American Kestrels display sexual dimorphism in both size and plumage, with the females being slightly larger than their male counterparts.

Both sexes have a rufous-colored back, with paler undersides streaked with brown. On their heads and wings, you can see patches of grey.

Harris’s Hawk (Parabuteo Unicintus)

Lifespan: about 10-12 years in the wild
Length: 46-59 centimeters (18-23 inches)
Wingspan: 103-120 centimeters (41-47 inches)
Mass: 546 grams-1.6 kilograms
Diet: primarily preys on small mammals like squirrels, rats, and mice; occasionally feeds on reptiles, particularly snakes and lizards.

Previously known as “Bay-Winged Hawk” or “Dusky Hawk,” Harris’s Hawks are medium-sized raptors commonly found in the southwestern regions of the United States.

Contrary to popular belief, these raptors hunt in a pack. Owing to this social behavior, they’re considered intelligent.

Harris’s Hawks display sexual dimorphism in size and not in plumage, with females slightly larger than their male counterparts. They have a chestnut-colored body with dark-brown feathers. Their legs and cere are yellow, with a white-colored base and tip of their tail.

Black Kite (Milvus Migrans)

Lifespan: about 20-22 years in the wild
Length: 47-60 centimeters (18-23 inches)
Wingspan: 140-150 centimeters (50-59 inches)
Mass: 500-550 grams
Diet: primarily piscivore and scavenger, but will also feed on insects, reptiles, amphibians, and other birds.

The Black Kites are a raptor species known for having the most widespread distribution of all the members of Accipitridae.

The only black parts of these birds’ bodies are their outer flight feathers, bill, and claws, all of which are difficult to see when perched at a distance. The rest of their body is covered in shades of brown, with the underparts being lightly colored than the upperparts.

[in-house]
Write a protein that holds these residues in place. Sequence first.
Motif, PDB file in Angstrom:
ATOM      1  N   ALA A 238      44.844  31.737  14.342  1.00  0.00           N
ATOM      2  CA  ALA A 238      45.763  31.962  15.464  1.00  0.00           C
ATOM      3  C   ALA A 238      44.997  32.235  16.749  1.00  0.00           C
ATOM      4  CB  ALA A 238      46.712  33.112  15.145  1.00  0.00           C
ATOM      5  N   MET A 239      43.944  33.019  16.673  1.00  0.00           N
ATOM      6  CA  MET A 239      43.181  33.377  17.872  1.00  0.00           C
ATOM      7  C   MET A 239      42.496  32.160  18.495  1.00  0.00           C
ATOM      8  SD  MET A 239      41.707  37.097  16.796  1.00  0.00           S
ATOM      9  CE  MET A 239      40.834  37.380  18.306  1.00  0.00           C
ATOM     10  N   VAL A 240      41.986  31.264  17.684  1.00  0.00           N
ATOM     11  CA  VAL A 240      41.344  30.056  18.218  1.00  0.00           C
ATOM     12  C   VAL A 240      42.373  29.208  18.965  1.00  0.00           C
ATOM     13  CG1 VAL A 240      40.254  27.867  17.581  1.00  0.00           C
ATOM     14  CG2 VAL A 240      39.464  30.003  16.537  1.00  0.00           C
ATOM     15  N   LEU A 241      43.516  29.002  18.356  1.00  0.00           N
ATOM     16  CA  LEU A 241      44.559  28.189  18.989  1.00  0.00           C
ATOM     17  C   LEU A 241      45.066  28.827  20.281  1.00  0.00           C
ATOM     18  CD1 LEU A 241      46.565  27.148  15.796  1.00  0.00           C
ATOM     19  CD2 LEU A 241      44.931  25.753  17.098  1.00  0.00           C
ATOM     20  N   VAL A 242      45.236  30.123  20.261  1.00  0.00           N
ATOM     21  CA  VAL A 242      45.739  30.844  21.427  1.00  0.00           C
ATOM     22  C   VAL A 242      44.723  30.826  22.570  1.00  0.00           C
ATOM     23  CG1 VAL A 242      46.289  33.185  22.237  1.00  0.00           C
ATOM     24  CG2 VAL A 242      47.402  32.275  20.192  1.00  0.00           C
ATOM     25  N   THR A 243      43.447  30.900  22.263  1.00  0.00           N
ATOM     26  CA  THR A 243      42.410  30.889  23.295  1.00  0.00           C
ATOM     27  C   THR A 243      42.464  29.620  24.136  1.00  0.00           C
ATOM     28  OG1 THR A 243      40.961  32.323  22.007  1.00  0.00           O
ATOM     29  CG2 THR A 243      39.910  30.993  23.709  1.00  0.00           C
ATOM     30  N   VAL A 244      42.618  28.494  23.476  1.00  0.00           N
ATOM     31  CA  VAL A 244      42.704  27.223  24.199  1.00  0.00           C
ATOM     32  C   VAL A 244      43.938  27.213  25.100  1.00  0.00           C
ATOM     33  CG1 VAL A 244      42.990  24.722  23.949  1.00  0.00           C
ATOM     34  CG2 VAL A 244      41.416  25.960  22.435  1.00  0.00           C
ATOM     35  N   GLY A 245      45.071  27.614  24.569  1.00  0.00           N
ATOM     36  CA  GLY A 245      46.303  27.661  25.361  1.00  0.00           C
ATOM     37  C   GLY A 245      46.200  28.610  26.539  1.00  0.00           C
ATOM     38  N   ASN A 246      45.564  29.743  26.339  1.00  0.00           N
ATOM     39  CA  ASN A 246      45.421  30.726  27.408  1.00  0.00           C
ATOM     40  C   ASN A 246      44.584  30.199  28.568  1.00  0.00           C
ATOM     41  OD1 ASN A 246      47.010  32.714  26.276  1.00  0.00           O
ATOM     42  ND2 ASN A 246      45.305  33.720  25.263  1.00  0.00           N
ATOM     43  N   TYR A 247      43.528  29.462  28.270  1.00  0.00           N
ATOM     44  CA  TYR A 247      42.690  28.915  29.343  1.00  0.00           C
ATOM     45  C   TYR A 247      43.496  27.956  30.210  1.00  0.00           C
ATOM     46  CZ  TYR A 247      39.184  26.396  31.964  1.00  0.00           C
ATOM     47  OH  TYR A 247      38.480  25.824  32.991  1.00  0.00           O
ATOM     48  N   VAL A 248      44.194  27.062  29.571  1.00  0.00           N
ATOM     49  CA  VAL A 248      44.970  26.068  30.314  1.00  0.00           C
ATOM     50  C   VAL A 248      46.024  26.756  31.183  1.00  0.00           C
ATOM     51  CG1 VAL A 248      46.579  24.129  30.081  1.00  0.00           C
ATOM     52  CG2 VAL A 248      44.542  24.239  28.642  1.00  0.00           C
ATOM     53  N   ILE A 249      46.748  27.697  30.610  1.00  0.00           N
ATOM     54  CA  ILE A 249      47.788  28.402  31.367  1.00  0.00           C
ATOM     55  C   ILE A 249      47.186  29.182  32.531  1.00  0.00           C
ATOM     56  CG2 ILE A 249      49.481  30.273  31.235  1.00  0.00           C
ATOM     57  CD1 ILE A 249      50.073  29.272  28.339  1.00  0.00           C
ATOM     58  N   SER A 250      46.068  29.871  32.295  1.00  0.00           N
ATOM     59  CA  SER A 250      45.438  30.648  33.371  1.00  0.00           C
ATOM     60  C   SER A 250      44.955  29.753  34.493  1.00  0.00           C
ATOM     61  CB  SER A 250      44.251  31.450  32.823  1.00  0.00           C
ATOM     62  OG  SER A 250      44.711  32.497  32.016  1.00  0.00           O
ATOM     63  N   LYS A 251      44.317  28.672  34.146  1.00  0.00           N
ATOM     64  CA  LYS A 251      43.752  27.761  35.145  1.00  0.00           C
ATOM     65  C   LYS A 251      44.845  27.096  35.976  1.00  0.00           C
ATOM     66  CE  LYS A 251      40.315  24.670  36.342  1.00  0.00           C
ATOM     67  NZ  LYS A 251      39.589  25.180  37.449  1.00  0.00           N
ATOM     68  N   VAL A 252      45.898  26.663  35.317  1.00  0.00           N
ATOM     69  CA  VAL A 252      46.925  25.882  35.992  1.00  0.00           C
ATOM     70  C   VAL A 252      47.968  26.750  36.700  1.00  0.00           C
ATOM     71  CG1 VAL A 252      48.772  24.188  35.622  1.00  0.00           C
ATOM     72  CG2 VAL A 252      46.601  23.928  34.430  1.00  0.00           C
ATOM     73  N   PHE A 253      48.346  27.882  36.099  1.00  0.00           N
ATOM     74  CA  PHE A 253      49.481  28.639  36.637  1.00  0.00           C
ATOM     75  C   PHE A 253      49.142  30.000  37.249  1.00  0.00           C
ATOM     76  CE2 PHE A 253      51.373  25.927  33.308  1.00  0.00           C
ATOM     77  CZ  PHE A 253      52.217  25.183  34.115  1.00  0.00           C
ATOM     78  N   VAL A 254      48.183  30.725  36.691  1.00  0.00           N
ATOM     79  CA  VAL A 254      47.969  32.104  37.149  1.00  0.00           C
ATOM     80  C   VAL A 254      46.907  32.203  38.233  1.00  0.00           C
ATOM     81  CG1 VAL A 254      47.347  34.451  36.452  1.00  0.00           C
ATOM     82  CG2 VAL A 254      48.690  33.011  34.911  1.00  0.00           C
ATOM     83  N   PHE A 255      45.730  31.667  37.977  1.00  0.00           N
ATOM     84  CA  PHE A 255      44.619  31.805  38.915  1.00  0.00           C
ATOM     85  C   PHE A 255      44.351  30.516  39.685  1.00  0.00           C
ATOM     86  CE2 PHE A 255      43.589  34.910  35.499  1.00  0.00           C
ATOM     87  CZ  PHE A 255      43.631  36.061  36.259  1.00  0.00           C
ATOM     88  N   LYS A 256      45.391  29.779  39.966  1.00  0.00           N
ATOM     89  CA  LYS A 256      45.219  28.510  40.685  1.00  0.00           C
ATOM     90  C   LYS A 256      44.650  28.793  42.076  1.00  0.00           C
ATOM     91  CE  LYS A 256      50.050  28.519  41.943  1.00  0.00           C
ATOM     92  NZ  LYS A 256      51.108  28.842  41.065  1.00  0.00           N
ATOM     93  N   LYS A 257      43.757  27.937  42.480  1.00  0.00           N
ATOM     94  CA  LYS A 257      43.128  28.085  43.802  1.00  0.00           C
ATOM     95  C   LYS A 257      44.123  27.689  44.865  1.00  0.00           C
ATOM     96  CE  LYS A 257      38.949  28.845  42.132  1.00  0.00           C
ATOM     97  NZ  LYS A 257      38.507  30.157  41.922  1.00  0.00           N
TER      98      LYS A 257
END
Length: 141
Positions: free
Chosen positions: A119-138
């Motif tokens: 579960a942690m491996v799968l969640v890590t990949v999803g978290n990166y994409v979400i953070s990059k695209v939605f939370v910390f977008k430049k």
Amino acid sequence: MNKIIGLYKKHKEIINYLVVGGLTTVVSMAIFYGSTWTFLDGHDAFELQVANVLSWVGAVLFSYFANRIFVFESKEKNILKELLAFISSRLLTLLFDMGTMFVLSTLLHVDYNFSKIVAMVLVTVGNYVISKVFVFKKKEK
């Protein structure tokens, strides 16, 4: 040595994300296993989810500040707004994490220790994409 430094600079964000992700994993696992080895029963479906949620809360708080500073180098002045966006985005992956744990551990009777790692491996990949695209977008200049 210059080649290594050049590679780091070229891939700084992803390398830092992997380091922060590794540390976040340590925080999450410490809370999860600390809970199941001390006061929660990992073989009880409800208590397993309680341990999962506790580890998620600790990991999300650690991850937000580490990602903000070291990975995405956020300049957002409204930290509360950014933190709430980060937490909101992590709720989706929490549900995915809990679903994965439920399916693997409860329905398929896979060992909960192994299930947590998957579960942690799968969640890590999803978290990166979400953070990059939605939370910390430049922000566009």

Both sexes of the adult Black Kites appear similar in plumage, but the females are larger in size and are more aggressive.

Laughing Kookaburra (Dacelo novaeguineae)

Lifespan: about 10 years in the wild
Length: 41-47 centimeters (16-19 inches)
Wingspan: 50-60 centimeters (20-24 inches)
Mass: 300-352 grams
Diet: mainly feeds on lizards, frogs, mice, yabbies, small fish, and various invertebrates.

Popularly known as the “Laughing Jackass” in the 19th century, the Laughing Kookaburras are a fairly large kingfisher species belonging to the subfamily of Wood or Tree Kingfishers.

These birds have a large heads with brown eyes and a brownish stripe just below them. Their underbody is covered in cream color, while the back, wings, and tail are dark brown, with a touch of brick red on the tail. On their shoulders, you can notice a pale blue patch.

The adult Laughing Kookaburras are sexually dimorphic to some extent. The females are larger in size than their male counterparts and have paler shoulder patches than them.


Loggerhead Shrike (Lanius ludovicianus)

Lifespan: about 7-8 years in the wild
Length: 20-24 centimeters (7.9-9 inches)
Wingspan: 28-32 centimeters (11-12.5 inches)
Mass: 35-50 grams
Diet: primary diet consists of small insects, with reptiles, amphibians, rodents, and smaller birds preyed upon occasionally.

Commonly referred to as the “Butcherbird” due to their carnivorous diet, the Loggerhead Shrikes are a medium-sized passerine bird endemic to North America.

These birds have a head that is significantly larger in comparison to the rest of their bodies, which is why they’re called “loggerheads.” The adults display negligible sexual dimorphism that is difficult to identify from a fair distance.

Loggerhead Shrikes have a grey head and back, with their wings and tail etched with black. The underside of their body is covered in a paler shade of grey. On their eyes, they have a prominent, black eye mask. Occasional white bars can be seen on their feathers.